Professor Alan Ford – Opening OER13

As Pro Vice Chancellor of Nottingham, Professor Alan Ford welcomed us to his campus and offered us an overview of Nottingham’s extensive open work. Nottingham is a large research and teaching institution with 2 overseas institutions, one in China and one in Malaysia.

Professor Alan Ford, Pro Vice Chancellor, University of Nottingham

Professor Alan Ford, Pro Vice Chancellor, University of Nottingham


U-Now launched in 2007, joined OCWC in 2008, and now offers many channels under the umbrella of Open Nottingham. Open publication and open source tools such as Xerte and Xpert have been developed under this umbrella. I can respect a professor who has used Xerte, as he has , and he assures everyone it is both quick and easy. Nottingham was a very early adopter of YouTube. edu and their iTunesU, joined in 2010, recently reached 1 million downloads and views.

WHY is Nottingham open? Professor Ford cited altruistic reasons such as social responsibility, a wish for excellence in education (academic practice, learn from others), and promotional reasons such as branding the university. Also, with Nottingham’s internationally-located campuses, the cost of sharing of materials across campuses is high so open channels help to keep costs down.

At this point, 70a% of the University’s schools are engaged with OER, and they have created an OER course for all staff, as well as an optional module on PGCHE, to encourage new staff engagement with openness.

In wishing to roll out OER awareness to students, especially internationally, Nottingham has found that Chinese students are particularly open to using open materials! (This dovetails with a finding from my own iTunesUReach project in which I learnt of a Chinese app consisting of CC lectures from iTunes U with added Chinese subtitles!) Their students’ union encourage OER use as ‘extra help with your degree.’ Prospective students are offered open learning materials under the title: ‘Experience our teaching’. It only makes sense that prospective students might wish to sample what learning is on offer at that university.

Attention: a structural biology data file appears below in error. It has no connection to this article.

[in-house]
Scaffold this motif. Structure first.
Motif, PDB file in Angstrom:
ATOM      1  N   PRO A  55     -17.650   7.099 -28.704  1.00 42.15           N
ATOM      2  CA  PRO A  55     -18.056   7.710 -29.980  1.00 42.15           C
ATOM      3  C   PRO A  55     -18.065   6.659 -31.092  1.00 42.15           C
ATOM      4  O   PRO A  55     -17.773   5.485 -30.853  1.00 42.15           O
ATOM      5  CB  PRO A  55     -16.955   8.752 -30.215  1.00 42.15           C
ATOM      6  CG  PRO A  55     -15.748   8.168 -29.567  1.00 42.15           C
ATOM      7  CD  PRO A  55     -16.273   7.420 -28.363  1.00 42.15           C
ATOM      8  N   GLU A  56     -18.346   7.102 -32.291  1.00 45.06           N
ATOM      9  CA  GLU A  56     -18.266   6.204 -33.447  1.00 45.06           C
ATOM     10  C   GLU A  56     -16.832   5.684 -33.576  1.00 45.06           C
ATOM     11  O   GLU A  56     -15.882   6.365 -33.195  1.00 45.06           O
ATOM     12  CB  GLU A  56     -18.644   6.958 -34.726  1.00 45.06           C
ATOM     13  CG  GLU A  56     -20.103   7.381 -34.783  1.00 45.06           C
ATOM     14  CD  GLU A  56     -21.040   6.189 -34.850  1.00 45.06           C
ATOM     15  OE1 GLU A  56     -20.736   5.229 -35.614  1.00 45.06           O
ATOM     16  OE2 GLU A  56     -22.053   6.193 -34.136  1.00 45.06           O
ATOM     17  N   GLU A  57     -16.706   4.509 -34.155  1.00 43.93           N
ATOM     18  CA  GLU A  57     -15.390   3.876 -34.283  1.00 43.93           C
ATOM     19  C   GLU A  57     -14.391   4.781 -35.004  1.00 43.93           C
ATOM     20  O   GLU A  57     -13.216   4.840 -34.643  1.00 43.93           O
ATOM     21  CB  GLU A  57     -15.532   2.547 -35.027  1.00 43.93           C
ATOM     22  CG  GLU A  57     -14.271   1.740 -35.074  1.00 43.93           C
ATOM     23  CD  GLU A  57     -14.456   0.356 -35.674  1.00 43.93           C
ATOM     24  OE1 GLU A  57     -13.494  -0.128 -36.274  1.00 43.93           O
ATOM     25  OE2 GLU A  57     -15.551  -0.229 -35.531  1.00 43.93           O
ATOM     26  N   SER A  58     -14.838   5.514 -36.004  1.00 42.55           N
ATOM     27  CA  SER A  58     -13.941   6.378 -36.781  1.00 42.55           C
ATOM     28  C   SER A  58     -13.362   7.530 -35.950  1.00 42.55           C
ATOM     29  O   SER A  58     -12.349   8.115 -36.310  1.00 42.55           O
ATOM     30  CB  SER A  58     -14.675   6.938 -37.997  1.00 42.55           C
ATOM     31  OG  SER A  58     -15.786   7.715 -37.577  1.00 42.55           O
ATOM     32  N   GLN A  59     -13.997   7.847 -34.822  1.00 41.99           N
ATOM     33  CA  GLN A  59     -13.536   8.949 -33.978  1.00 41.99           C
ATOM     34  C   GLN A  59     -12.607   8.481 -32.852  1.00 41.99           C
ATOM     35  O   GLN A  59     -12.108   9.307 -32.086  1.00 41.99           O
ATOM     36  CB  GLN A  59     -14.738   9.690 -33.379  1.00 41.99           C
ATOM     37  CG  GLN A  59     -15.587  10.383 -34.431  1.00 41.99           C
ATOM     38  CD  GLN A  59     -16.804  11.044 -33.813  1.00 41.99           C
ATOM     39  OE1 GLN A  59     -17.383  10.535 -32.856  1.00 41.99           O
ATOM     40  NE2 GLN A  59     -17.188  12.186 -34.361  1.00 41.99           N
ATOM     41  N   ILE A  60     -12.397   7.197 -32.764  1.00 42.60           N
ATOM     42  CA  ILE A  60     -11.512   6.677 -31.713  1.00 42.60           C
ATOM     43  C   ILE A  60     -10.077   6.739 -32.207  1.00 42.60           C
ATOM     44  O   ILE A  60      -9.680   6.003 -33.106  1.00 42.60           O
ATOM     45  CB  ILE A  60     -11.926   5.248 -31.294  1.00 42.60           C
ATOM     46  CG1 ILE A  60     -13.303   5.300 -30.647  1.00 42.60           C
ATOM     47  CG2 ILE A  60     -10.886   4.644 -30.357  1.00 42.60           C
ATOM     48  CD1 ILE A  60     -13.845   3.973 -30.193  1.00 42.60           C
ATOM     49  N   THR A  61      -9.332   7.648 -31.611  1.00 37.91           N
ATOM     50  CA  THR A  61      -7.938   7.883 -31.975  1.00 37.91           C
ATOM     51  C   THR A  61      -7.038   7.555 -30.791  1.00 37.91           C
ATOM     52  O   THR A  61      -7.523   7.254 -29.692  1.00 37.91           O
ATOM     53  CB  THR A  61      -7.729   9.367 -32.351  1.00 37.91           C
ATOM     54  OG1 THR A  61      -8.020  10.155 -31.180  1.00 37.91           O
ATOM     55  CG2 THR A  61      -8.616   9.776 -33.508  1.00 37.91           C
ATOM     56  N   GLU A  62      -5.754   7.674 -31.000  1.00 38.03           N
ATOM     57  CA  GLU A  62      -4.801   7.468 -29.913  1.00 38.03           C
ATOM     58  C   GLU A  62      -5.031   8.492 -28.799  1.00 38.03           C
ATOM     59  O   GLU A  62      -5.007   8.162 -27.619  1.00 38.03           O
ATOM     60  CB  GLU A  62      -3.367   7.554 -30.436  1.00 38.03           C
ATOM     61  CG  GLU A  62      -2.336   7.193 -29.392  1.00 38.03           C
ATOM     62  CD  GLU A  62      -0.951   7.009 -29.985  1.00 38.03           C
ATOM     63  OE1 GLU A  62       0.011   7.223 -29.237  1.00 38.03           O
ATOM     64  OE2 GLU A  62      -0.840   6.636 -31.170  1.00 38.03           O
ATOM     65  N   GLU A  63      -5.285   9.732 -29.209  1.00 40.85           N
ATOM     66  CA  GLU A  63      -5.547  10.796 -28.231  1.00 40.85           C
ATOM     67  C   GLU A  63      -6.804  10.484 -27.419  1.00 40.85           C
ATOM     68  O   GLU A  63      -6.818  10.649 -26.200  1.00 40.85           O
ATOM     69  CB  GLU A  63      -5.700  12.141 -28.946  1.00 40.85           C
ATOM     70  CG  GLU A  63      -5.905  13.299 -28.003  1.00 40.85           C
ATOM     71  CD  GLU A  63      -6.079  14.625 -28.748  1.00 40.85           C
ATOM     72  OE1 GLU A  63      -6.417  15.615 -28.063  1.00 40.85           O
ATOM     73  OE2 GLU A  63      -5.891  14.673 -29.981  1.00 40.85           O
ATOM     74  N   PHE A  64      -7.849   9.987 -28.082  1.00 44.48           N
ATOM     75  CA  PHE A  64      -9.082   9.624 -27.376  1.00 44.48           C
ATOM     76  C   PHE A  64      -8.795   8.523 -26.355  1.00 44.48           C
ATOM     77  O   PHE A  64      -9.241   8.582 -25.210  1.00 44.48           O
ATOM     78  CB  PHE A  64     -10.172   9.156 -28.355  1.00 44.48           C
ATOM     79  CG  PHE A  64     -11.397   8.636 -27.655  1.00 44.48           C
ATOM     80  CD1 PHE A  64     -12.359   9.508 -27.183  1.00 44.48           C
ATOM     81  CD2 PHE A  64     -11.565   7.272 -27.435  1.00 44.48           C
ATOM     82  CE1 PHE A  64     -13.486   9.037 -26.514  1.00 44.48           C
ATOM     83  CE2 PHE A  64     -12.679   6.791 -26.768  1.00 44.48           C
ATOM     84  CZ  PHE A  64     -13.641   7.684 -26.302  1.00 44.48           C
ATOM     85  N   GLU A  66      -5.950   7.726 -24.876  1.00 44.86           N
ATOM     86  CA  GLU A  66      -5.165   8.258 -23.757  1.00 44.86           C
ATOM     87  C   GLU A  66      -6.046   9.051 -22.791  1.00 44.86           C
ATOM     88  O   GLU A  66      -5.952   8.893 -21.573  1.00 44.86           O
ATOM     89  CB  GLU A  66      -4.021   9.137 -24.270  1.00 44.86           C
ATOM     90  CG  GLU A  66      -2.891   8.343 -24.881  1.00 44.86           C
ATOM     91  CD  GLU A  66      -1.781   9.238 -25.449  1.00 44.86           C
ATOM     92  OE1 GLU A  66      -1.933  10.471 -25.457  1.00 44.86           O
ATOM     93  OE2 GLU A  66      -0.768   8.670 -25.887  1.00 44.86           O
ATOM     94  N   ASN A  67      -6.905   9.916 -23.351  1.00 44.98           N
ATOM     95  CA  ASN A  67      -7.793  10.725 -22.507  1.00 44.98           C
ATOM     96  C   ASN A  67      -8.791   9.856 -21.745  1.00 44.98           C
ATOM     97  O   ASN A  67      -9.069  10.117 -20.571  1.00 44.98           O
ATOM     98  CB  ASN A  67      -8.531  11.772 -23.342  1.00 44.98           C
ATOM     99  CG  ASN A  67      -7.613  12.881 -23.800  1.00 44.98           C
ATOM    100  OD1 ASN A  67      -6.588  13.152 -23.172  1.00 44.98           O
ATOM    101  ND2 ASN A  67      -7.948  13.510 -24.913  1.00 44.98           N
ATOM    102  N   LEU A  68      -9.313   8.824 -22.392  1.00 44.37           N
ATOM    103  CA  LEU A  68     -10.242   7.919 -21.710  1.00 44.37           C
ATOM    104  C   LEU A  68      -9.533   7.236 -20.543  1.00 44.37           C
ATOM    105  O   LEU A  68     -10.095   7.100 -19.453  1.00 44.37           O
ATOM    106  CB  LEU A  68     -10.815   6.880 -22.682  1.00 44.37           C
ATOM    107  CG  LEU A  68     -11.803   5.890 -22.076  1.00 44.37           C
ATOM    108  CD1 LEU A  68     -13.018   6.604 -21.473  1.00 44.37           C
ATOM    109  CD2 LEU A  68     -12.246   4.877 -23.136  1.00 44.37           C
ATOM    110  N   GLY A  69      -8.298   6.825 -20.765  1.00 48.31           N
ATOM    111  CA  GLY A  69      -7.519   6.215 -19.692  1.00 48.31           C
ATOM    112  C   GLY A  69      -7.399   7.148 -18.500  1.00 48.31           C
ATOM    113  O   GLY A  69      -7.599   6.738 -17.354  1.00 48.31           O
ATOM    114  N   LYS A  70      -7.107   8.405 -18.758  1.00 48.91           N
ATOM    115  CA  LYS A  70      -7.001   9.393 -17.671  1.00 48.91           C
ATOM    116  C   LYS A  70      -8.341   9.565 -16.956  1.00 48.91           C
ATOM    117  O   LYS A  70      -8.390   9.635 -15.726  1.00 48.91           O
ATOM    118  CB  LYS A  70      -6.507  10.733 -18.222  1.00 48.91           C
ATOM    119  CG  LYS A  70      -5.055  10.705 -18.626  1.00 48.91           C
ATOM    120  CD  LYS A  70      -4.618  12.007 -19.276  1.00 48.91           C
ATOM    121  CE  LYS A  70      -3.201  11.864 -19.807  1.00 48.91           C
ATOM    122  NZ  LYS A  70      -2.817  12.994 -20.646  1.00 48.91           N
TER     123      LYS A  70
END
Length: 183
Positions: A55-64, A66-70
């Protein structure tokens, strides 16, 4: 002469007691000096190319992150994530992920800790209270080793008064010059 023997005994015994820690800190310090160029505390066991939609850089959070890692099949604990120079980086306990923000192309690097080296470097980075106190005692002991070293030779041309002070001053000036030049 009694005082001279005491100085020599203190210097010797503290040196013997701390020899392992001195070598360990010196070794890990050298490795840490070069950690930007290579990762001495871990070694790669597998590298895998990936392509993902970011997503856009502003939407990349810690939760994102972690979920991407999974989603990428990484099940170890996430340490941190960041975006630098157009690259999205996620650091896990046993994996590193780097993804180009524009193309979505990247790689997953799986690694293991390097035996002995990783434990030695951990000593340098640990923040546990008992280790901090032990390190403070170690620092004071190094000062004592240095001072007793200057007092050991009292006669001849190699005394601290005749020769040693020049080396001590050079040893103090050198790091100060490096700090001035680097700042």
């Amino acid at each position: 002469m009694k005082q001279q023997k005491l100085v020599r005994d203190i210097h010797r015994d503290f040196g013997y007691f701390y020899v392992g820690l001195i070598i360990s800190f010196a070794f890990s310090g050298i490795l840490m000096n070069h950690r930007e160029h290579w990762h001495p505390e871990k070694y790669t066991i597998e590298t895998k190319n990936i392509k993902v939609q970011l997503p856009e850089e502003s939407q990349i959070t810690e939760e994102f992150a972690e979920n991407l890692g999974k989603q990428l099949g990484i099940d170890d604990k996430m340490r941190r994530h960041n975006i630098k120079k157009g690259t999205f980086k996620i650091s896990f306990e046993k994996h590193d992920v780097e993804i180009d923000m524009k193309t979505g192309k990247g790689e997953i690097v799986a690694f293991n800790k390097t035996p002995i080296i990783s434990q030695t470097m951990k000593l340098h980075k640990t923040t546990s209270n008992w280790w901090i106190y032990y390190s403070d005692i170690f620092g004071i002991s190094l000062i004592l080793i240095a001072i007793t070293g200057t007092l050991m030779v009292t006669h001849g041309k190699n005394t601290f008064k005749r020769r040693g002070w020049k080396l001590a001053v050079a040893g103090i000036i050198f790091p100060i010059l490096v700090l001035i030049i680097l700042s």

Nottingham are now moving into book and ebook publication — iBook, epub. This is especially due to a wish to encourage sustainability – non-paper reading material. Another driver is interdisciplinary study which can’t fit into timetables, but may be creatively and openly be taught online. And MOOCs are next. Of course!

Professor Ford offers Martyn Poliakoff as the shining star of Open Nottingham, with 13 million hits on his YouTube channel, a 90% retention rate for subscribers which is unusual on Youtube, and that is 10,000 more subscribers than Chelsea’s football site. Professor Ford sees how the number of fans drawn to the Poliakoff Chemistry videos indicates that there is still more room for creative, open science teaching online.

Professor Ford concludes by assuring us that he is actually registered for this conference and invites us to speak with him about whatever open topics we might wish to discuss with him. I will say that this is unusual, and I could sense the professor’s excitement and openness to open.

Terese Bird, Learning Technologist, University of Leicester

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About tbirdcymru

Educational Designer, School of Medicine, University of Leicester Research and implementation of innovative educational technology solutions at the higher education level since 1998. Currently working on curriculum design and mobile learning within the first UK Medical School to use iPads for learning at the undergraduate level. Recent funded research projects include EU-funded eMundus open educational practice project and evaluation of University of Leicester FutureLearn MOOCs, social media use by teachers and pupils, open education, open educational resources, e-books and e-readers, iTunes U in learning, webinars and multimedia. Particular interest in supporting researchers to digitally network and share their research, and in using VLE/LMS plus personal learning networks and social media to bridge the gap between students, and between student and tutor in distance learning contexts.

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